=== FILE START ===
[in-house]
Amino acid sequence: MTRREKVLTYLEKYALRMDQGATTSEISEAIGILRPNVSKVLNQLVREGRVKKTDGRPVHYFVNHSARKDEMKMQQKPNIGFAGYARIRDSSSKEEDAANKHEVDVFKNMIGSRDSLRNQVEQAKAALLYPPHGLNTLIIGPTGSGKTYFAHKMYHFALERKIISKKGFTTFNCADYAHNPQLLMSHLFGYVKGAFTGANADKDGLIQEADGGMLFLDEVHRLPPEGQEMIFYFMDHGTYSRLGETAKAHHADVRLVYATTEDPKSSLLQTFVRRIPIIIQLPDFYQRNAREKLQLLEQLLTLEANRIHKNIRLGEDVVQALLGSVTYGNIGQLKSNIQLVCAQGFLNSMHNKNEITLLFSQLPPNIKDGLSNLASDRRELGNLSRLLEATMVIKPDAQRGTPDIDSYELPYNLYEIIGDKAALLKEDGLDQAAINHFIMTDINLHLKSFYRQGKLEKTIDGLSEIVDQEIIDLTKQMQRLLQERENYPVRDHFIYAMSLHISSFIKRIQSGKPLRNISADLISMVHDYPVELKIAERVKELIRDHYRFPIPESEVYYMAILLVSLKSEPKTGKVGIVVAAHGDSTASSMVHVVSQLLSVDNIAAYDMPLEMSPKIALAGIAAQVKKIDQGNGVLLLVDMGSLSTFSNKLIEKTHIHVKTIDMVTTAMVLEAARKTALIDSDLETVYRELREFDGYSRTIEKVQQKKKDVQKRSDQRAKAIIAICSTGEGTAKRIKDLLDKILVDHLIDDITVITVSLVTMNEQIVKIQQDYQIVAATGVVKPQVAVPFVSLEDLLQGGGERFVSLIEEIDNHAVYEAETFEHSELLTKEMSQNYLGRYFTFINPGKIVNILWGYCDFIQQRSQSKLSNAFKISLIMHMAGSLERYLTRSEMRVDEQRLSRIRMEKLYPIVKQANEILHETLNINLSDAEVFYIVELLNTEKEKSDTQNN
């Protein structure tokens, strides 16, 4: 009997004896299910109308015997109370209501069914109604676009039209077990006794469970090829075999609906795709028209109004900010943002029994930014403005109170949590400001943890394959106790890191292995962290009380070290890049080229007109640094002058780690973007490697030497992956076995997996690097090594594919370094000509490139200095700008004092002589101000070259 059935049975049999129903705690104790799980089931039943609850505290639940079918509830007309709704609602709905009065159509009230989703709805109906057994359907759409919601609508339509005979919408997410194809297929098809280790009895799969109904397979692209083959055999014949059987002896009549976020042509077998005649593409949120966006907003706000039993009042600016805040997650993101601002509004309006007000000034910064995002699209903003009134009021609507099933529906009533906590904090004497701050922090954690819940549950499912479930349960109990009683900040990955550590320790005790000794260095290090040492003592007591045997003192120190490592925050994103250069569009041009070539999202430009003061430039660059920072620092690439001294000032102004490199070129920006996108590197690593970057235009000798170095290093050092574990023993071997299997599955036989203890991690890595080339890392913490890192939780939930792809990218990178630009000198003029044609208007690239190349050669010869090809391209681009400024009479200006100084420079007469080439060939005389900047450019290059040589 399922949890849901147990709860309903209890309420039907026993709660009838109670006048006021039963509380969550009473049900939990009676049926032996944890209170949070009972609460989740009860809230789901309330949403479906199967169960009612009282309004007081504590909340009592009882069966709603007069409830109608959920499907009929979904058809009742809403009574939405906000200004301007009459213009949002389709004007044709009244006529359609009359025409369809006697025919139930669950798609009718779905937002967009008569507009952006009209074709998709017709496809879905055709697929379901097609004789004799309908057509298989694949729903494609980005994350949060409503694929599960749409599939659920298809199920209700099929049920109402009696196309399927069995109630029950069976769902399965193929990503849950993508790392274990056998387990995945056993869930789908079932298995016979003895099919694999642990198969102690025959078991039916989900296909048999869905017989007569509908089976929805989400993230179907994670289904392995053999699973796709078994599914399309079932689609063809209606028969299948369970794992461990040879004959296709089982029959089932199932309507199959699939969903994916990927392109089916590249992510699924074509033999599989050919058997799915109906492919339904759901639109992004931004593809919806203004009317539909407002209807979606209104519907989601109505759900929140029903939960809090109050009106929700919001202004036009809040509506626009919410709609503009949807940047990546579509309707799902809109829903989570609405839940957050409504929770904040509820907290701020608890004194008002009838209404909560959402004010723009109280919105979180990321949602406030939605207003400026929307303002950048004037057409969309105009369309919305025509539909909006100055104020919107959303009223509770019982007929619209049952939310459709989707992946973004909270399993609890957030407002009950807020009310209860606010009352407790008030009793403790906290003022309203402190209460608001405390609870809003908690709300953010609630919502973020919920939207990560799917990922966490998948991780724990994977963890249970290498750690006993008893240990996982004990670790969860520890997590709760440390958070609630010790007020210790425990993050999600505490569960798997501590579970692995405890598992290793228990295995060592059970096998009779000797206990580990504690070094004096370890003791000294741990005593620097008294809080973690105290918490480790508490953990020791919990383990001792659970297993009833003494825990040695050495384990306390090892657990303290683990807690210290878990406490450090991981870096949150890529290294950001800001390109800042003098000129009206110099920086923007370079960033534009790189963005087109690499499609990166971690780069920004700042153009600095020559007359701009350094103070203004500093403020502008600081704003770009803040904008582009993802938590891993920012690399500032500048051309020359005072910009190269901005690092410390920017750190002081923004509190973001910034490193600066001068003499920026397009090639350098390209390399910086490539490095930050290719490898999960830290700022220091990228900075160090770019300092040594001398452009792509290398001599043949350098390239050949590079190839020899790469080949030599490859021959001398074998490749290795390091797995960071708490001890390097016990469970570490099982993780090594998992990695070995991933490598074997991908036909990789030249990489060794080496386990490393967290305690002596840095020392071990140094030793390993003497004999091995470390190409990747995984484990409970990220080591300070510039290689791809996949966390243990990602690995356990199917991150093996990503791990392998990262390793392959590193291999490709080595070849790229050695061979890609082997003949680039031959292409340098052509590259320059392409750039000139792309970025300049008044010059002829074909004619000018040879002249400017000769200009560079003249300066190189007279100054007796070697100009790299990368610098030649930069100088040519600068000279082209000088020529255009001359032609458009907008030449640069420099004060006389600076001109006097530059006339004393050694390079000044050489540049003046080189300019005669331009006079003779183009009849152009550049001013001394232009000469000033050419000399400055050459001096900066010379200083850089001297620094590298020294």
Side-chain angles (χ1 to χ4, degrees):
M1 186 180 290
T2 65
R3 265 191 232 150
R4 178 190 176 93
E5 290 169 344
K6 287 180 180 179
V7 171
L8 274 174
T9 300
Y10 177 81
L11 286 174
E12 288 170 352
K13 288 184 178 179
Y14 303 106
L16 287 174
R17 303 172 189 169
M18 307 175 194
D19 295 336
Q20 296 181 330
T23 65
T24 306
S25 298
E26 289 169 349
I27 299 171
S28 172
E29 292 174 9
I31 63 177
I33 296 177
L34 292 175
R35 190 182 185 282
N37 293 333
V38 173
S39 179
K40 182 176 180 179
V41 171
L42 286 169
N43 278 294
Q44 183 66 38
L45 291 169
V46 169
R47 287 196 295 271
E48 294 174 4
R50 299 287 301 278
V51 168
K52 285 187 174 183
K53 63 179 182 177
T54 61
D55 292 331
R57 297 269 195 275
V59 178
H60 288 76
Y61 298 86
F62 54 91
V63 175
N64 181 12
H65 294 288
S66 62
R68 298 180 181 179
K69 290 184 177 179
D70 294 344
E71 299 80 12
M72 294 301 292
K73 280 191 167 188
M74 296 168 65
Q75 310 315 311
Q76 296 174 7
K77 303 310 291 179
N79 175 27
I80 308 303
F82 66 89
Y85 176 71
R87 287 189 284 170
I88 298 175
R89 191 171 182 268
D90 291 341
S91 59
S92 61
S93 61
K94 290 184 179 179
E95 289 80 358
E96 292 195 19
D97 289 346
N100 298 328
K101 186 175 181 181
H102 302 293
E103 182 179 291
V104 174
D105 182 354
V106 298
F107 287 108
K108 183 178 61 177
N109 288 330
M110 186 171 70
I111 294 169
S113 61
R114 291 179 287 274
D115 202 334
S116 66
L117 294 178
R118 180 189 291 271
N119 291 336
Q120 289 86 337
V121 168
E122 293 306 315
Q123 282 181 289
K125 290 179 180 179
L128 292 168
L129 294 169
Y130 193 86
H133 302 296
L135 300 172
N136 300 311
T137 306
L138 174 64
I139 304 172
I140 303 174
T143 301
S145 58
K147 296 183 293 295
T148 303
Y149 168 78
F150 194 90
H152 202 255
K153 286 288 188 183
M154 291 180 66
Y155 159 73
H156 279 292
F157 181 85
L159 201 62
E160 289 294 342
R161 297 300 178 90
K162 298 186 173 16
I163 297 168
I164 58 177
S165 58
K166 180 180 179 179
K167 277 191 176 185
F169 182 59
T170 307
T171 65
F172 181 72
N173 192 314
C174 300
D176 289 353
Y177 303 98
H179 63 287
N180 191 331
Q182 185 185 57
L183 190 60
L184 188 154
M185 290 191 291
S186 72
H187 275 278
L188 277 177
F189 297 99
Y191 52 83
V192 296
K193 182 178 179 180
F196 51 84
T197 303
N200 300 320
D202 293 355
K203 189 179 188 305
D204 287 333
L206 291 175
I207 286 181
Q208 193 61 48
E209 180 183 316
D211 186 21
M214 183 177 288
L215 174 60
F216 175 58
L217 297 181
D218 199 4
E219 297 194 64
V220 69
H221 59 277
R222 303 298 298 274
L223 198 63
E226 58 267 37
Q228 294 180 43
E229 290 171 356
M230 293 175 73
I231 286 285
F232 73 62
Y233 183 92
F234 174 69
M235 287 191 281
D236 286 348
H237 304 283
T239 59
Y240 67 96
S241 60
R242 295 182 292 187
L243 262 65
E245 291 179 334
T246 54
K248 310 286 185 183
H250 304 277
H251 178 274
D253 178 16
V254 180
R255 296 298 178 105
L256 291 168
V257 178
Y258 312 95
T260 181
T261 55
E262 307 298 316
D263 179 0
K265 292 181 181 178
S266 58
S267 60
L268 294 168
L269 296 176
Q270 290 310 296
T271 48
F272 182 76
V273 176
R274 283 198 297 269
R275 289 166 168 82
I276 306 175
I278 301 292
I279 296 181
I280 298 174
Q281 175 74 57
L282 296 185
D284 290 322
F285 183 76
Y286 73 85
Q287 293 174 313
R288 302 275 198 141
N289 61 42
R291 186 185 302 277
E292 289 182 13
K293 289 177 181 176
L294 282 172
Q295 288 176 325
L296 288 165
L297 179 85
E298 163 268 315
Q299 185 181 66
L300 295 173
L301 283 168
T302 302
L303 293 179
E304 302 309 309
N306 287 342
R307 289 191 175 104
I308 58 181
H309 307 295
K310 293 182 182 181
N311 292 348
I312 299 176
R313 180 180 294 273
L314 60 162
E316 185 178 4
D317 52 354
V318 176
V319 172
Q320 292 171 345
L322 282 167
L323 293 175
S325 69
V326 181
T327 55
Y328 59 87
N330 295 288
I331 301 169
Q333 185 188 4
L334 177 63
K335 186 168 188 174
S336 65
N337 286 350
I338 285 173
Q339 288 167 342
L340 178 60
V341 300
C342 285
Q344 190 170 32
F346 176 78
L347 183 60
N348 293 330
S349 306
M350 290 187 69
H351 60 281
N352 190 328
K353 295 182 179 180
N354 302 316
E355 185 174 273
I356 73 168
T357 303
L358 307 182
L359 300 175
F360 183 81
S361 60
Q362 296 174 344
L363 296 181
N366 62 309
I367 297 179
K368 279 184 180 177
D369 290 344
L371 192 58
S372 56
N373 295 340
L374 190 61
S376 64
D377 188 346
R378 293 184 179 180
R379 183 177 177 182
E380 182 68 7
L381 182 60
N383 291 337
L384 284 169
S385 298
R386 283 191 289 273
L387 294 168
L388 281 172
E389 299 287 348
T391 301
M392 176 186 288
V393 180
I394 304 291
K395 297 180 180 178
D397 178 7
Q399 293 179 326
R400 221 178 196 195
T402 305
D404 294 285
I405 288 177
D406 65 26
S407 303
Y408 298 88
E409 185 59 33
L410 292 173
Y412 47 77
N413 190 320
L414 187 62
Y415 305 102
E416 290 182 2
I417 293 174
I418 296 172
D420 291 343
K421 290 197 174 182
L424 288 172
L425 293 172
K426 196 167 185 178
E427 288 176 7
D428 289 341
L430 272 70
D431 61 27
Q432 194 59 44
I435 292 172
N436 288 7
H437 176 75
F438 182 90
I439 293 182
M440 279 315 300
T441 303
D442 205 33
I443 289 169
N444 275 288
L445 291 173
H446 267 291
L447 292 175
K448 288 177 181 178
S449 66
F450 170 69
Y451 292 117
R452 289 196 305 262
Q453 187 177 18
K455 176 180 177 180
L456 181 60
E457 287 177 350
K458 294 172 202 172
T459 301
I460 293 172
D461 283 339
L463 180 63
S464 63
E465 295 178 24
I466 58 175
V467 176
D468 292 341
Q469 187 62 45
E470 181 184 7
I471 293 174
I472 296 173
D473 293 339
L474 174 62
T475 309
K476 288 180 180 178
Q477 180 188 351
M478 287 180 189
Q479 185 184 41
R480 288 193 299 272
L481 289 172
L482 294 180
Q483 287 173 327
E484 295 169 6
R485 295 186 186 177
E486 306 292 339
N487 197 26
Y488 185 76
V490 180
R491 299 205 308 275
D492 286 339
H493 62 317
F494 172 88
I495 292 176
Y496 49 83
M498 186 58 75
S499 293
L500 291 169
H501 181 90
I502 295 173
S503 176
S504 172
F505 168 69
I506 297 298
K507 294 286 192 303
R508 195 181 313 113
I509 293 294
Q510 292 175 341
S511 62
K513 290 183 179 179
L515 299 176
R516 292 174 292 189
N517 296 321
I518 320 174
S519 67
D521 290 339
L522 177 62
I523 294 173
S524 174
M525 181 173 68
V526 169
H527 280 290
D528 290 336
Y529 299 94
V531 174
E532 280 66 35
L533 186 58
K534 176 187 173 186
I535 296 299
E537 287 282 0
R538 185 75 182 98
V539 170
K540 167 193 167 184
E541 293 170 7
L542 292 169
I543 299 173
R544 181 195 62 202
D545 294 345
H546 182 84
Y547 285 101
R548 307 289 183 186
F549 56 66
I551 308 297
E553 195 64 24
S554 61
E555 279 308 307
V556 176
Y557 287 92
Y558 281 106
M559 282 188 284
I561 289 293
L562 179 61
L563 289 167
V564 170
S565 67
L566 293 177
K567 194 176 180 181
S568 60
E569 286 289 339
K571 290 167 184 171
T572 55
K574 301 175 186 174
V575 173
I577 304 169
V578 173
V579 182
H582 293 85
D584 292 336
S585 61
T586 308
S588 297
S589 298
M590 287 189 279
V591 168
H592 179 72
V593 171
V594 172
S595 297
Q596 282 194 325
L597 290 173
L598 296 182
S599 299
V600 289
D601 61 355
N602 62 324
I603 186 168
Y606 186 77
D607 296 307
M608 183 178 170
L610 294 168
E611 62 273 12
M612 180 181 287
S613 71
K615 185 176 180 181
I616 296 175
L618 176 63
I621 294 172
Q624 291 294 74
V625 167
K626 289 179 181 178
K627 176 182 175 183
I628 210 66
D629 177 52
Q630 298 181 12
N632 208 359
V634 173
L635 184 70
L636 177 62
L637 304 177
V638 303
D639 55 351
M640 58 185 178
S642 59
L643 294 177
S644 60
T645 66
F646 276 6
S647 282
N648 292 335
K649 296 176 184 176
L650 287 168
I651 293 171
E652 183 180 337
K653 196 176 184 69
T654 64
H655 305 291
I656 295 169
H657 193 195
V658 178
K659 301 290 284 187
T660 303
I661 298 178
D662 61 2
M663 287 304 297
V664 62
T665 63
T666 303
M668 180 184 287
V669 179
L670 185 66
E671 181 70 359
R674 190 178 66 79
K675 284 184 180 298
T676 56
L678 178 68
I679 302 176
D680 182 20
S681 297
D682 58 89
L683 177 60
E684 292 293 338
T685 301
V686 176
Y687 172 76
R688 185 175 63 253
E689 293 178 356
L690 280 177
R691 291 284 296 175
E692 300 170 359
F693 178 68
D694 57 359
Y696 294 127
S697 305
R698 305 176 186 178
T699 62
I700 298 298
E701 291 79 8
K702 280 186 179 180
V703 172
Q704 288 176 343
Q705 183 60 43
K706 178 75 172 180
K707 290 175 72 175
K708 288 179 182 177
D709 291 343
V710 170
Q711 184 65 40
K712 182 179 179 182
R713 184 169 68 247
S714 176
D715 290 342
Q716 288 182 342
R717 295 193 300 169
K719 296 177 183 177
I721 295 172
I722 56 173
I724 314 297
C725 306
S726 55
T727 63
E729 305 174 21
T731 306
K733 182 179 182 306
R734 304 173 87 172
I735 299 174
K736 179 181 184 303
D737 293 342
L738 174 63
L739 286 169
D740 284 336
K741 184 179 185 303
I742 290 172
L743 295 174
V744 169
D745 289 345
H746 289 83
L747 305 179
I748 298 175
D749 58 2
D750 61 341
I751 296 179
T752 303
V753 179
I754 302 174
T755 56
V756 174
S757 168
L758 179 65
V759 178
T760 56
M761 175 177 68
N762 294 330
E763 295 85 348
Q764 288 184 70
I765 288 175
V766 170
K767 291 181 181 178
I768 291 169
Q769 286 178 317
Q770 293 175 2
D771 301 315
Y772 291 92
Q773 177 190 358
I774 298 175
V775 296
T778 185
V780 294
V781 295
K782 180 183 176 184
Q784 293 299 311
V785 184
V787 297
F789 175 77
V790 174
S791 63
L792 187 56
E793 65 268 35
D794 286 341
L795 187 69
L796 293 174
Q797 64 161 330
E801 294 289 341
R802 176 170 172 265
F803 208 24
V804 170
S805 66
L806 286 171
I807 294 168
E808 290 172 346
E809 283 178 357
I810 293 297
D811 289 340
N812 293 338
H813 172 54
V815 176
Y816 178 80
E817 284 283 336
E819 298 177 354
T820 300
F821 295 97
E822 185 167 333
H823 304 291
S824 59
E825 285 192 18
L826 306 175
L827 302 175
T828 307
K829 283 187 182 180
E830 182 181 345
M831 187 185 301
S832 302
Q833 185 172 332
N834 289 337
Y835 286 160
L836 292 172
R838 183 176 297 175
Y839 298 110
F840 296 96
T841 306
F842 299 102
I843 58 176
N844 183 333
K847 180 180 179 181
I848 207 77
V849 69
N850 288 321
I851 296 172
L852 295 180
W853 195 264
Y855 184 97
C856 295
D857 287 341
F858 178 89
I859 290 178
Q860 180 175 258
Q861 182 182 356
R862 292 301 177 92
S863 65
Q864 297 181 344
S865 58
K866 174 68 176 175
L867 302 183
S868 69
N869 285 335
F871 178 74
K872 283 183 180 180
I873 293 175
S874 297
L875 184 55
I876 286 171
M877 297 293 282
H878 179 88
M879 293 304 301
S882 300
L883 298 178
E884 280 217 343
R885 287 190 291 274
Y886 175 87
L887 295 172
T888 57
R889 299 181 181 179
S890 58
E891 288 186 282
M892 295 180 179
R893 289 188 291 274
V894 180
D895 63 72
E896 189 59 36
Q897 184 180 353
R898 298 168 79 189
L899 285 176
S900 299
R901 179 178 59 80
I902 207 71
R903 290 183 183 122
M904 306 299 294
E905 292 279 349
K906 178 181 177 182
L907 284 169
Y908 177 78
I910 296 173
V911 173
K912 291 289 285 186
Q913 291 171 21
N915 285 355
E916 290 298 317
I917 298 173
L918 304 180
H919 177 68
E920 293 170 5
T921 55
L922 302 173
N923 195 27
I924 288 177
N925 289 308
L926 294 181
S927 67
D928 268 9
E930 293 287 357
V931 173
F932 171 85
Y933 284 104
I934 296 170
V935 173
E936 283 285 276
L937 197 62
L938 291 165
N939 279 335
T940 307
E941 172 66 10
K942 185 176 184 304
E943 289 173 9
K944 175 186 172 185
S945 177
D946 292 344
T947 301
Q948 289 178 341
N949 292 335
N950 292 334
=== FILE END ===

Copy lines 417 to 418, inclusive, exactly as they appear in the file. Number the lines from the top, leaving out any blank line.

S499 293
L500 291 169